Air Canada ceases guidance in metrics that remain highly important to investors

Now that Air Canada no longer offers yield, unit revenue, or capacity guidance it has steered investors towards its EBITDAR margin and ROIC targets. At the end of 2Q2016, on a 12-month trial basis, Air Canada had met its goals in those metrics. Its EBITDAR margin of 18.3% slightly exceeded its targeted range of 15% to 18%, and its 16.2% return on invested capital also exceeded its stated goal of 13% to 16%.

The airline has guided EBITDAR growth of 4% to 8% for 2016, but its net income for 1H2016 fell from CAD372 million (USD283 million) year-on-year to CAD288 million (USD219 million).

Air Canada decided to discontinue offering guidance in yields and unit revenue as investors in North American airlines became laser-focused on those metrics. Despite carriers arguing that other measures are far more important, most airlines in North America have attempted to outline a general timeframe for when their unit revenue performance might turn positive.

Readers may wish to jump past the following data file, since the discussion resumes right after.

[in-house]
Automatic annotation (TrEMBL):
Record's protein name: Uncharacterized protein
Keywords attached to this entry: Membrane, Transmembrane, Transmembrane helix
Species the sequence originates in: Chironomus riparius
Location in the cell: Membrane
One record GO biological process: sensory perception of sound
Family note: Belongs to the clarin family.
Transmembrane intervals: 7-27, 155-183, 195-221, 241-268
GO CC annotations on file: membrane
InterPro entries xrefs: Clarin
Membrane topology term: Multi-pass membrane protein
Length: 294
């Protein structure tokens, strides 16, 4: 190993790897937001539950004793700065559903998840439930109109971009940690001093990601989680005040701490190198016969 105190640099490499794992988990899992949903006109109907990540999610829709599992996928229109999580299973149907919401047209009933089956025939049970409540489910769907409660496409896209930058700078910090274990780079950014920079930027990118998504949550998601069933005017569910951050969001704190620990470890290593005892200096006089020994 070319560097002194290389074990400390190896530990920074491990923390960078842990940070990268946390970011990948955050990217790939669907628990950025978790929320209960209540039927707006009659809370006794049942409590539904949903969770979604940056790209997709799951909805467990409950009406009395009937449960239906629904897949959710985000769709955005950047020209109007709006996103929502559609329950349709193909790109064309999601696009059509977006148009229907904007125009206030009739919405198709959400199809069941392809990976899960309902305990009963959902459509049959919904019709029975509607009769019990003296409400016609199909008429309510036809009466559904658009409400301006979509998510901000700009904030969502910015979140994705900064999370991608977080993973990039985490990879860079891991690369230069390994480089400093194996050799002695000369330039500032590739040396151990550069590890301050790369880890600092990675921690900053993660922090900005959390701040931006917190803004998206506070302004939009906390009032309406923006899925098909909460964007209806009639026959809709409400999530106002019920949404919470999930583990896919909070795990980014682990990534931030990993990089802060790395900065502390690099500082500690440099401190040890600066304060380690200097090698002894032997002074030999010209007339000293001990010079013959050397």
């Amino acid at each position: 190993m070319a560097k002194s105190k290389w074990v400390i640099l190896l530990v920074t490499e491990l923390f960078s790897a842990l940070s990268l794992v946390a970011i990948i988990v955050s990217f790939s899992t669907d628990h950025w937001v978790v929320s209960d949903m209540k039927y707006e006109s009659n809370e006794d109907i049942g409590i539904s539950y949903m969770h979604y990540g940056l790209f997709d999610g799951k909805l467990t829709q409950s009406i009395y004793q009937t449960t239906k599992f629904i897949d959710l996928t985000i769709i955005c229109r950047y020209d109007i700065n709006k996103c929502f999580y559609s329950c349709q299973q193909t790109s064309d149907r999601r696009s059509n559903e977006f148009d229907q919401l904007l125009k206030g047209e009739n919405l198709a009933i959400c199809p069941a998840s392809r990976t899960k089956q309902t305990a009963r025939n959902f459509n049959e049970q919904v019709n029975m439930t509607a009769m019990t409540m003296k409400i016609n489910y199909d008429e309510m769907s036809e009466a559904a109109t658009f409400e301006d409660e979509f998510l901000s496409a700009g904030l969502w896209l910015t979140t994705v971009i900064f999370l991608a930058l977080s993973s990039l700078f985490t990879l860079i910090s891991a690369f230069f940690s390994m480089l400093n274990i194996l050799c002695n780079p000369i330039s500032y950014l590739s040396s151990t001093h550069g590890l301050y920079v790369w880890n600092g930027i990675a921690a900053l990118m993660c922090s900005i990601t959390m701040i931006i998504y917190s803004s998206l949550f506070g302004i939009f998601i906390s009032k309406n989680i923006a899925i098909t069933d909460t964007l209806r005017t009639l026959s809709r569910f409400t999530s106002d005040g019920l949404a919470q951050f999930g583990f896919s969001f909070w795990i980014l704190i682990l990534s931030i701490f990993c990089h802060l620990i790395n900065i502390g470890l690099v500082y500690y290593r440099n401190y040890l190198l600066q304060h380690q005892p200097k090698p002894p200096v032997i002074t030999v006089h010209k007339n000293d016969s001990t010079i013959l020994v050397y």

Weak unit revenues and robust capacity growth may outstrip Air Canada's other strides

Air Canada’s strategy differs from those of its large US network peers. It is expanding rapidly internationally in both business and leisure markets, but leisure routes actually represent a substantial portion of that growth.

Although the company is standing its ground in attempting to convince investors to look at other metrics, the laser focus on unit revenue by investors, as well as Air Canada’s decision not to provide guidance in those metrics, could be a turn-off for investors looking for an inflection point in the unit revenue performance of North American airlines.

It is encouraging that Air Canada is meeting its targets in many important financial measures, but its high capacity growth and deteriorating unit revenue performance are likely to outshine the progress that it has made in margins and ROIC.